Medieval castles in Denmark

Jungshoved Castle Ruins

The royal castle of Jungshoved was mentioned in 1231. The annexed church dates from the same period. The castle is thought to have been built as early as in the 1100s as part of King Valdemar I"s coastal defences against the Wends (Baltic Slavs). The castle is strategically located at the mouth of Skibbinge Cove. Jungshoved may also have been implicated in the monarch"s control of the herring market at Falsterbo ...
Founded: 12th century | Location: Praesto, Denmark

Tårnborg Castle Ruins

Tårnborg Castle was a royal medieval castle. It consisted of a central tower of 8m x 8m, surrounded by a square outer wall. An excavation in the castle courtyard in 1894 also revealed the remains of three small houses. The castle stood from about 1231 up to the last part of the 14th century when a new castle in Korsør took over Tårnborg"s role. From written sources we know that the castle was captu ...
Founded: 1231 | Location: Korsør, Denmark

Aalholm Castle

Aalholm Castle is the oldest castle on the Lolland island, first mentioned in the 1329. The castle was initially the seat of the king's vassal or lensmand, and thus the centre of local government. It is not known when the castle was founded, but for historical reasons, it was probably around 1200. During this period, a number of royal castles were built across the country to strengthen the king's power in the regions and ...
Founded: 1300-1585 | Location: Nysted, Denmark

Asserbo Castle Ruins

Asserbo Castle was founded by Bishop Absalon in the 1100s as a monastery for monks of the Carthusian Order. The castle was taken over first by the King around 1560 and in subsequent centuries by drifting sand. The castle was liberated from the sand in two phases: initially by King Frederik VII in 1849 and then by National Museum excavations in 1972.
Founded: 12th century | Location: Frederiksværk, Denmark

Vaeggerløse Church

In the Middle Ages the Vaeggerløse church was dedicated to St Olaf. The chancel and nave from the late Romanesque period were built in brick on a profiled plinth with pilaster strips on the corners. The chancel's pilaster strips now only remain on its southwest corner. Originally there was also an apse which was torn down but later replaced during the restoration work in 1861 by the Hamburg architect Ernst Heinrich Glüe ...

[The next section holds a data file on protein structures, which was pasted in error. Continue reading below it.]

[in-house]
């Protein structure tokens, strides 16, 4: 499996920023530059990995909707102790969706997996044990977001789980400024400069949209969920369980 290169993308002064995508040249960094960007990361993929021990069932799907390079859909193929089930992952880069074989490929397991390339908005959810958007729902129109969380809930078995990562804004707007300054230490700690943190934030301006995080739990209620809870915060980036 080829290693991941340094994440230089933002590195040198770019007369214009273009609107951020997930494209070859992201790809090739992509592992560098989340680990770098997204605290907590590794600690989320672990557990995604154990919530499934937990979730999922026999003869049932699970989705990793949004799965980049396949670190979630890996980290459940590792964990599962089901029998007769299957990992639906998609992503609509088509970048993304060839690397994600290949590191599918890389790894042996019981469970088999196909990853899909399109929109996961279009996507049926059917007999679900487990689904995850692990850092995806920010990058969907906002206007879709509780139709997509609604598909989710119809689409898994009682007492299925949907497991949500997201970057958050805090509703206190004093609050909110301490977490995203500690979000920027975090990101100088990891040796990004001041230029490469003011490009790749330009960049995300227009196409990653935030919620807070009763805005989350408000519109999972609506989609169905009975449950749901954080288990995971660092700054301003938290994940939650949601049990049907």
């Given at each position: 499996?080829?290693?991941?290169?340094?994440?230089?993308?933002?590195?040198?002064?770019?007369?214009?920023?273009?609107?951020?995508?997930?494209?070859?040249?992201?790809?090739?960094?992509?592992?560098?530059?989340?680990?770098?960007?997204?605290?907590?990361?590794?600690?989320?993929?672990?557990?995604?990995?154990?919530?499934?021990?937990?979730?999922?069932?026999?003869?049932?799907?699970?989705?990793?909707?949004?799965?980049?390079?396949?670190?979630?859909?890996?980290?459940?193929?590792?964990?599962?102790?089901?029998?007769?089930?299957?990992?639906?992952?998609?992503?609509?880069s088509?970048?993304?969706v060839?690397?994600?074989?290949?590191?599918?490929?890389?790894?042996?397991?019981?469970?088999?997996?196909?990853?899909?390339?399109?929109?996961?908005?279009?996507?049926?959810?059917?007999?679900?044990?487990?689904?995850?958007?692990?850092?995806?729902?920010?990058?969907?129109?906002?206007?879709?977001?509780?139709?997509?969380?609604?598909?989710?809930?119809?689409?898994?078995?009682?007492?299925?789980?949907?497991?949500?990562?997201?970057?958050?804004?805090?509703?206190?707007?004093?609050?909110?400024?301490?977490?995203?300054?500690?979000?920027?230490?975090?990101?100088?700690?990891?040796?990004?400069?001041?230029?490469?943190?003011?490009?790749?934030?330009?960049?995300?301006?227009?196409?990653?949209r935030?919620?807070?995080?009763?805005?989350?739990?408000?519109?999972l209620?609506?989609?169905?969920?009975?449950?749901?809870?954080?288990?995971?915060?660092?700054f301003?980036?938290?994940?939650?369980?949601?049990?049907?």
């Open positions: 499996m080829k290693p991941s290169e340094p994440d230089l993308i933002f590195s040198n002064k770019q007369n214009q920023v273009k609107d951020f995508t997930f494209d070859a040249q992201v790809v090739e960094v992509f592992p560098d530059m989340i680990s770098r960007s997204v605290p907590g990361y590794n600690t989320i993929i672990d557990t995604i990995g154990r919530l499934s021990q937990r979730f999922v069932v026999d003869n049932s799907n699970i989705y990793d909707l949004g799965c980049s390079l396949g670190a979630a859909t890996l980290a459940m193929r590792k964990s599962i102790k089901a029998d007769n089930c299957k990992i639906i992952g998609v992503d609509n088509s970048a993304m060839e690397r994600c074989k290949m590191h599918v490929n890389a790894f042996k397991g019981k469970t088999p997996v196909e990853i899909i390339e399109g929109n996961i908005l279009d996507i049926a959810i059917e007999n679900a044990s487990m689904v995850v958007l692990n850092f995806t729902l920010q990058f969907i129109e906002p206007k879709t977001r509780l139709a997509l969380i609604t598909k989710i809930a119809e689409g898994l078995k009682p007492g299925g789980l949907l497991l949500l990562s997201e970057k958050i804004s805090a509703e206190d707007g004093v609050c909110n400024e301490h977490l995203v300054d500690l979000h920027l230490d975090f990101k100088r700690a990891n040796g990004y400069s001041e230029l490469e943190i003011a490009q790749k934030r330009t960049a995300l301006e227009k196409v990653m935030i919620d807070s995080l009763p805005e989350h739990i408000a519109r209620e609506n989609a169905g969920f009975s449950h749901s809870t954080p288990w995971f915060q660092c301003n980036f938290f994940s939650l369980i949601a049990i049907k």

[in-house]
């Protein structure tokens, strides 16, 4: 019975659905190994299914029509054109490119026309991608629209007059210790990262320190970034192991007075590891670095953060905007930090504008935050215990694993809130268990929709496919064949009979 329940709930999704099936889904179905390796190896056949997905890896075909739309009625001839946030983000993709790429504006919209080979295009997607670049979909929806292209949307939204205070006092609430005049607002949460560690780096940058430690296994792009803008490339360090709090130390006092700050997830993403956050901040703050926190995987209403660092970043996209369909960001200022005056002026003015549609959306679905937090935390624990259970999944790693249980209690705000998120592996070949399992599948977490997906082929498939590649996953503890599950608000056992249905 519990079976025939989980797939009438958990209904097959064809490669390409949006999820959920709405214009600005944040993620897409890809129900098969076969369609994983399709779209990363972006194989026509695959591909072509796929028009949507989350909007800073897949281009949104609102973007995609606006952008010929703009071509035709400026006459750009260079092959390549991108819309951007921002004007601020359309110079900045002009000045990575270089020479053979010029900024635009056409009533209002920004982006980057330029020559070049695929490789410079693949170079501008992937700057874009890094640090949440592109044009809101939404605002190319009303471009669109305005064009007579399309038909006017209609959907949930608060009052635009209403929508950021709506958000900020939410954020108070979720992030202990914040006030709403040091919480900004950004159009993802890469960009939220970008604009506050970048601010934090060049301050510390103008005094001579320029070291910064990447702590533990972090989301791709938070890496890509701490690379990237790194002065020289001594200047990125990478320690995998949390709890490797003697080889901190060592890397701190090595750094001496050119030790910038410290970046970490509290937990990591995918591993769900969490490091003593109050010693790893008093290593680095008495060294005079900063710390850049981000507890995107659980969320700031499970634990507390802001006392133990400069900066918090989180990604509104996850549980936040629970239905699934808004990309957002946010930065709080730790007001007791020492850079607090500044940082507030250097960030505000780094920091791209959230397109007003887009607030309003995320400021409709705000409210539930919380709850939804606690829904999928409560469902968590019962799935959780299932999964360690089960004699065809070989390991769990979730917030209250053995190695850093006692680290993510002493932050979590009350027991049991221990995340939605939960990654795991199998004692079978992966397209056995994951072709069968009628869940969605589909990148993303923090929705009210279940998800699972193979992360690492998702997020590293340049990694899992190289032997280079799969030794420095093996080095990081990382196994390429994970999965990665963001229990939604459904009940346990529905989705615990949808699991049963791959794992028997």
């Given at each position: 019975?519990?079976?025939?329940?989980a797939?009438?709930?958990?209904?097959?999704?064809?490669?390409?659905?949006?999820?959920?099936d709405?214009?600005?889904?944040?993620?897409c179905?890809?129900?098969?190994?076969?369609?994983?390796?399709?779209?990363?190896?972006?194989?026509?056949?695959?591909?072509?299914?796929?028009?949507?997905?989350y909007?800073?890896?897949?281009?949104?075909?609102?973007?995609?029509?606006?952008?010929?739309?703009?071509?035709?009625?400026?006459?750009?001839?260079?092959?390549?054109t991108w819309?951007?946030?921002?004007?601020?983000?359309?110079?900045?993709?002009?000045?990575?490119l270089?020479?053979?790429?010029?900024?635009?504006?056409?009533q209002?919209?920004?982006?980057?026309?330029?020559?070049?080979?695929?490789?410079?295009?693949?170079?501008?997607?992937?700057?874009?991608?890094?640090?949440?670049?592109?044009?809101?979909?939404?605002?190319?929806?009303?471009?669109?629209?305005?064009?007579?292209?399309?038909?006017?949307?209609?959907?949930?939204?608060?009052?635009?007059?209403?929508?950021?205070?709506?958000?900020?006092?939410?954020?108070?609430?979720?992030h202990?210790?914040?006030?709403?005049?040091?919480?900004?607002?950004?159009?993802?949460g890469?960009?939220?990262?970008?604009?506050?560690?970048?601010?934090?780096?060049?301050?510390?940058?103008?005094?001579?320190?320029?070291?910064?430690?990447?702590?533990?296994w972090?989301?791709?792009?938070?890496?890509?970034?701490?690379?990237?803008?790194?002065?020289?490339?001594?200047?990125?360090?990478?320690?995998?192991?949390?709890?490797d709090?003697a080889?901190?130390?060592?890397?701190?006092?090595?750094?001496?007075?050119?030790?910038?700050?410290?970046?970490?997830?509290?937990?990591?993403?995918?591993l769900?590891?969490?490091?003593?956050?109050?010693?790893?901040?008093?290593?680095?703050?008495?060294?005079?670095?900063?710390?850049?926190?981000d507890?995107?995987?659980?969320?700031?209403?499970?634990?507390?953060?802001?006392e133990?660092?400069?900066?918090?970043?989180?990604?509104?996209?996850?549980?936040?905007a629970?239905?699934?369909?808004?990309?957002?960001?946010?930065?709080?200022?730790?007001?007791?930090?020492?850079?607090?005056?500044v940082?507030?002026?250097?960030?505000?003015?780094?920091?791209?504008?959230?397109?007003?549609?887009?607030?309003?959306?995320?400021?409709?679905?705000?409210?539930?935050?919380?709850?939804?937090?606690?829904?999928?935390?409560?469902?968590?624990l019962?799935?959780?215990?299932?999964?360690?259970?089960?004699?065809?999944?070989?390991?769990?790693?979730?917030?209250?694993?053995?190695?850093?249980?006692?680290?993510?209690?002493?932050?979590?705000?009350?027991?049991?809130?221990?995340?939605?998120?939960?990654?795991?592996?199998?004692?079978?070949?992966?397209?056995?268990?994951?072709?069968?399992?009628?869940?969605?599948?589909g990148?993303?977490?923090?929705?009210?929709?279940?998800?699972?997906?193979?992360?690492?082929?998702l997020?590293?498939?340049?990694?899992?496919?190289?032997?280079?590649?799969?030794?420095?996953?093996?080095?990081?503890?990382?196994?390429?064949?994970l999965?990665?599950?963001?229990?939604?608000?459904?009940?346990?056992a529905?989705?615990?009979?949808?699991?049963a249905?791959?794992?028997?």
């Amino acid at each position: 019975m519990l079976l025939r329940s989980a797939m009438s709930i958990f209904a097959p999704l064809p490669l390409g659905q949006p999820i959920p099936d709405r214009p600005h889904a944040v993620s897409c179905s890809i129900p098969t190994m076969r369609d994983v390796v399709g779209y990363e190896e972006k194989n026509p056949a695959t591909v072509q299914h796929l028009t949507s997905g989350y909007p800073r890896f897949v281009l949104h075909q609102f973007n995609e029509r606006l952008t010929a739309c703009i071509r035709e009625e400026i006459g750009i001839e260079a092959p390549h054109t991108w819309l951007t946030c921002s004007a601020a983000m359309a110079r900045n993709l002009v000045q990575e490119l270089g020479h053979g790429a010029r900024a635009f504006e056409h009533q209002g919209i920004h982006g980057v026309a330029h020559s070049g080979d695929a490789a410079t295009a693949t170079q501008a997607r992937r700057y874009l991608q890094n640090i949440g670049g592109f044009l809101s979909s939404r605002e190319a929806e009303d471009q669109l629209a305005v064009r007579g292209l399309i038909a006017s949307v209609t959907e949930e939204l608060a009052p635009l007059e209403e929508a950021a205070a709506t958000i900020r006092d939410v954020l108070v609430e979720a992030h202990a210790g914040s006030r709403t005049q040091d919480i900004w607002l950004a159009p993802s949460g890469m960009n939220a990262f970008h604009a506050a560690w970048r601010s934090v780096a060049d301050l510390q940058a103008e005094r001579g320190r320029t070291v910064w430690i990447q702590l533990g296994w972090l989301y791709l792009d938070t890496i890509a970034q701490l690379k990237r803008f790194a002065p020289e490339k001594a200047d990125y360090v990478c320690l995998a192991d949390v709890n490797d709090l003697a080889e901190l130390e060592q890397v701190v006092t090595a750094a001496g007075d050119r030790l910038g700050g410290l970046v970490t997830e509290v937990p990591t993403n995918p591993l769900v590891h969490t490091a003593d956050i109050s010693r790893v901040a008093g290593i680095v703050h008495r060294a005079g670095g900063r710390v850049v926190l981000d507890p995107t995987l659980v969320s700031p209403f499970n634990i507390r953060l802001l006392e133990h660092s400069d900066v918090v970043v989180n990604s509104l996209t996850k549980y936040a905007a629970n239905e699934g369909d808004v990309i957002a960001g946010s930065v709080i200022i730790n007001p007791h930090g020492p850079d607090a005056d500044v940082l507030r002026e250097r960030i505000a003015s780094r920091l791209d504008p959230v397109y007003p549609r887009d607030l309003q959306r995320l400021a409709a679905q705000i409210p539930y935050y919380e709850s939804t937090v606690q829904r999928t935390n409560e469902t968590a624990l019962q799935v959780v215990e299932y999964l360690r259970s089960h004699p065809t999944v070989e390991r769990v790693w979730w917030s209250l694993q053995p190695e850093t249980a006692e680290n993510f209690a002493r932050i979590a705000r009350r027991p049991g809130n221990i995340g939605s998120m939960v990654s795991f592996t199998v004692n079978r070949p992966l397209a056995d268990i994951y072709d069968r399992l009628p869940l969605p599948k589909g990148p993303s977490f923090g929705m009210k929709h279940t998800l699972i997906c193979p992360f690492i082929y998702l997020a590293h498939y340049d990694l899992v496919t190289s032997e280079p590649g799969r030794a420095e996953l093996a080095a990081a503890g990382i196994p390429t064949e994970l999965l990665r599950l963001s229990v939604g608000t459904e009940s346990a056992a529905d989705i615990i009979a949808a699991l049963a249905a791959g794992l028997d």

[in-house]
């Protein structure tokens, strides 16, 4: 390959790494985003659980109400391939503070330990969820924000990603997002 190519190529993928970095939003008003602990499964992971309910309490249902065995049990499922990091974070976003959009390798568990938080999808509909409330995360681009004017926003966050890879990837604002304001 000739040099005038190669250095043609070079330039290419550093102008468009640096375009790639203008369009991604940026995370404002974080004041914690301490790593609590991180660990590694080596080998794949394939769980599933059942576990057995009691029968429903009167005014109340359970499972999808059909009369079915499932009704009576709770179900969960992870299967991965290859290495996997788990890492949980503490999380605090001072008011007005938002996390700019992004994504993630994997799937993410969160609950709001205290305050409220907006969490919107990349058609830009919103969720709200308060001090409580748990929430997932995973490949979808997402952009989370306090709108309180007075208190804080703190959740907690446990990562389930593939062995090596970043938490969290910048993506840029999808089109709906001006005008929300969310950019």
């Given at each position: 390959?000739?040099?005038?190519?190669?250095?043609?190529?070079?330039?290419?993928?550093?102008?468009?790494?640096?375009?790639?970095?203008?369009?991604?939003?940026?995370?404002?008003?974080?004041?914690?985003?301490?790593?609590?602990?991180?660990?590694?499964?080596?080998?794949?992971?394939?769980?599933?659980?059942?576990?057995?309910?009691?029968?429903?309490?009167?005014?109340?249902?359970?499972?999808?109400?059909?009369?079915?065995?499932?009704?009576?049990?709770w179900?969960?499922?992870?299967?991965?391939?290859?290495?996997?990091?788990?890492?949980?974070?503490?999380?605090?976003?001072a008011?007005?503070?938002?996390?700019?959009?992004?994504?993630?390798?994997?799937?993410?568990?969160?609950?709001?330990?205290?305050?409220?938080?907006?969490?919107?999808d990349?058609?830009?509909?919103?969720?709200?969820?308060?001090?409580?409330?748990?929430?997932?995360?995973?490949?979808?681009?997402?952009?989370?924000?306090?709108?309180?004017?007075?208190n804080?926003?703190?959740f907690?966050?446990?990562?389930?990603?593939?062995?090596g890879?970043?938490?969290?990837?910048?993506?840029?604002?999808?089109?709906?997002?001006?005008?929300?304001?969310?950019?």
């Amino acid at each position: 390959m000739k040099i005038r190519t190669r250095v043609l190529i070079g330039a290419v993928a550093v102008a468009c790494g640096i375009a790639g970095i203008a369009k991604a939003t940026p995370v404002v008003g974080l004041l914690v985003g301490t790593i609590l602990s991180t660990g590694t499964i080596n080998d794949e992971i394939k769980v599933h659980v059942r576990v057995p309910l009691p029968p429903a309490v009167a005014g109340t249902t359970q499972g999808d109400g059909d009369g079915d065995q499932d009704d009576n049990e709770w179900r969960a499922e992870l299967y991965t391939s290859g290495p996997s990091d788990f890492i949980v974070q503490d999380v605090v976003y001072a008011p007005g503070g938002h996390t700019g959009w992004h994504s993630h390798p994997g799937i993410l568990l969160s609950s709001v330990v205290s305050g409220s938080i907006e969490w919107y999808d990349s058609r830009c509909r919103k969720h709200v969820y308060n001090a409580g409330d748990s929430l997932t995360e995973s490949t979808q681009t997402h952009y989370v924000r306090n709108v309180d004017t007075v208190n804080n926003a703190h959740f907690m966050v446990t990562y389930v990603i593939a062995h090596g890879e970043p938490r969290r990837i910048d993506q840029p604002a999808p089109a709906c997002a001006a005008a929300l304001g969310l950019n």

Founded: 12th century | Location: Væggerløse, Denmark

Søborg Castle Ruins

Søborg Castle, in its heyday, was the strongest castle in Denmark, and was also used as a prison. It was inhabited until the Count"s Feud in 1535, when it is speculated that it was destroyed. In 1577, the feudal tenant was granted permission to use the ruins as a quarry. Søborg Castle is first known from the 12th century, when ownership of the castle passed from the king to the bishop of Roskilde. Trad ...
Founded: 12th century | Location: Gilleleje, Denmark

Brarup Church

Brarup Church is an annex to Kippinge Church as it has been since before the Reformation. There is little information about ownership in the Middle Ages apart from the fact that the Crown had calling rights for the appointment of clergy. In 1585, the church owned factories and land strips on three farms. After the Reformation, the church was owned by the Crown until it was auctioned into private ownership in 1767 but by 1 ...
Founded: c. 1200 | Location: Nørre Alslev, Denmark

Featured Historic Landmarks, Sites & Buildings

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Château de Chaumont

The Château de Chaumont was founded in the 10th century by Odo I, Count of Blois. The purpose was to protect his lands from attacks from his feudal rivals, Fulk Nerra, Count of Anjou. On his behalf the Norman Gelduin received it, improved it and held it as his own. His great-niece Denise de Fougère, having married Sulpice d'Amboise, passed the château into the Amboise family for five centuries.

Pierre d'Amboise unsuccessfully rebelled against King Louis XI and his property was confiscated, and the castle was dismantled on royal order in 1465. It was later rebuilt by Charles I d'Amboise from 1465–1475 and then finished by his son, Charles II d'Amboise de Chaumont from 1498–1510, with help from his uncle, Cardinal Georges d'Amboise; some Renaissance features were to be seen in buildings that retained their overall medieval appearance. The château was acquired by Catherine de Medici in 1550. There she entertained numerous astrologers, among them Nostradamus. When her husband, Henry II, died in 1559 she forced his mistress, Diane de Poitiers, to exchange Château de Chaumont for Château de Chenonceau which Henry had given to de Poitiers. Diane de Poitiers only lived at Chaumont for a short while.

Later Chaumont has changed hands several times. Paul de Beauvilliers bought the château in 1699, modernized some of its interiors and decorated it with sufficient grandeur to house the duc d'Anjou on his way to become king of Spain in 1700. Monsieur Bertin demolished the north wing to open the house towards the river view in the modern fashion.

In 1750, Jacques-Donatien Le Ray purchased the castle as a country home where he established a glassmaking and pottery factory. He was considered the French "Father of the American Revolution" because he loved America. However, in 1789, the new French Revolutionary Government seized Le Ray's assets, including his beloved Château de Chaumont.

The castle has been classified as a Monument historique since 1840 by the French Ministry of Culture. The Château de Chaumont is currently a museum and every year hosts a Garden Festival from April to October where contemporary garden designers display their work in an English-style garden.